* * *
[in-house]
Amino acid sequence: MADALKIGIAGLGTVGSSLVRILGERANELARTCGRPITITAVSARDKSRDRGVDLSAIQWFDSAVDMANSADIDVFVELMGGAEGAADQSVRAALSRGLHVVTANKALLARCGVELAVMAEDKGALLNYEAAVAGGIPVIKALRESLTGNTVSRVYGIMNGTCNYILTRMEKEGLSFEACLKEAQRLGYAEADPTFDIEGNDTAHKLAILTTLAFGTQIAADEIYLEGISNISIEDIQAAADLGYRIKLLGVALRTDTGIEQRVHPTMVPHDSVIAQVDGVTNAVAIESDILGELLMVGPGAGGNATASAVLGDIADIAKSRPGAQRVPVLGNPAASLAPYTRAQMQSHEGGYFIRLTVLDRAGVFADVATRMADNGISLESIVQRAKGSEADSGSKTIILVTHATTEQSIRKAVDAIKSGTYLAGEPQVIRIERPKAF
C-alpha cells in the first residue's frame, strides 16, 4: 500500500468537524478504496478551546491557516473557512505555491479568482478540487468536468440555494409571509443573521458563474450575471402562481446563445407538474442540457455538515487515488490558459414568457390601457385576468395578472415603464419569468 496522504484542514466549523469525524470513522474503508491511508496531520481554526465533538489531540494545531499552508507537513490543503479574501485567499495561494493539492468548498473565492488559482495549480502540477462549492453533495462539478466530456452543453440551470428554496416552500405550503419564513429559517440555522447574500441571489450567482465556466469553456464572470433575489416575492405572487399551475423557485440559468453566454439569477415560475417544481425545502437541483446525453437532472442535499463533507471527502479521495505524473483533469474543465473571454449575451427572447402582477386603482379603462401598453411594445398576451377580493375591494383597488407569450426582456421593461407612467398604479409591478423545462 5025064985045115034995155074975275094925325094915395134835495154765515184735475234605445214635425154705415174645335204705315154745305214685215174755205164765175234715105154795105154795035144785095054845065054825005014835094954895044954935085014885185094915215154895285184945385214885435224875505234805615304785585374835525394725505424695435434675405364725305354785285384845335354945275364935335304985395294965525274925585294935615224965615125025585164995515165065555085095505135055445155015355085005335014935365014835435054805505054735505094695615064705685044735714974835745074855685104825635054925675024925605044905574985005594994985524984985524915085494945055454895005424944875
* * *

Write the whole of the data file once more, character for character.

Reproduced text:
[in-house]
Amino acid sequence: MADALKIGIAGLGTVGSSLVRILGERANELARTCGRPITITAVSARDKSRDRGVDLSAIQWFDSAVDMANSADIDVFVELMGGAEGAADQSVRAALSRGLHVVTANKALLARCGVELAVMAEDKGALLNYEAAVAGGIPVIKALRESLTGNTVSRVYGIMNGTCNYILTRMEKEGLSFEACLKEAQRLGYAEADPTFDIEGNDTAHKLAILTTLAFGTQIAADEIYLEGISNISIEDIQAAADLGYRIKLLGVALRTDTGIEQRVHPTMVPHDSVIAQVDGVTNAVAIESDILGELLMVGPGAGGNATASAVLGDIADIAKSRPGAQRVPVLGNPAASLAPYTRAQMQSHEGGYFIRLTVLDRAGVFADVATRMADNGISLESIVQRAKGSEADSGSKTIILVTHATTEQSIRKAVDAIKSGTYLAGEPQVIRIERPKAF
C-alpha cells in the first residue's frame, strides 16, 4: 500500500468537524478504496478551546491557516473557512505555491479568482478540487468536468440555494409571509443573521458563474450575471402562481446563445407538474442540457455538515487515488490558459414568457390601457385576468395578472415603464419569468 496522504484542514466549523469525524470513522474503508491511508496531520481554526465533538489531540494545531499552508507537513490543503479574501485567499495561494493539492468548498473565492488559482495549480502540477462549492453533495462539478466530456452543453440551470428554496416552500405550503419564513429559517440555522447574500441571489450567482465556466469553456464572470433575489416575492405572487399551475423557485440559468453566454439569477415560475417544481425545502437541483446525453437532472442535499463533507471527502479521495505524473483533469474543465473571454449575451427572447402582477386603482379603462401598453411594445398576451377580493375591494383597488407569450426582456421593461407612467398604479409591478423545462 5025064985045115034995155074975275094925325094915395134835495154765515184735475234605445214635425154705415174645335204705315154745305214685215174755205164765175234715105154795105154795035144785095054845065054825005014835094954895044954935085014885185094915215154895285184945385214885435224875505234805615304785585374835525394725505424695435434675405364725305354785285384845335354945275364935335304985395294965525274925585294935615224965615125025585164995515165065555085095505135055445155015355085005335014935365014835435054805505054735505094695615064705685044735714974835745074855685104825635054925675024925605044905574985005594994985524984985524915085494945055454895005424944875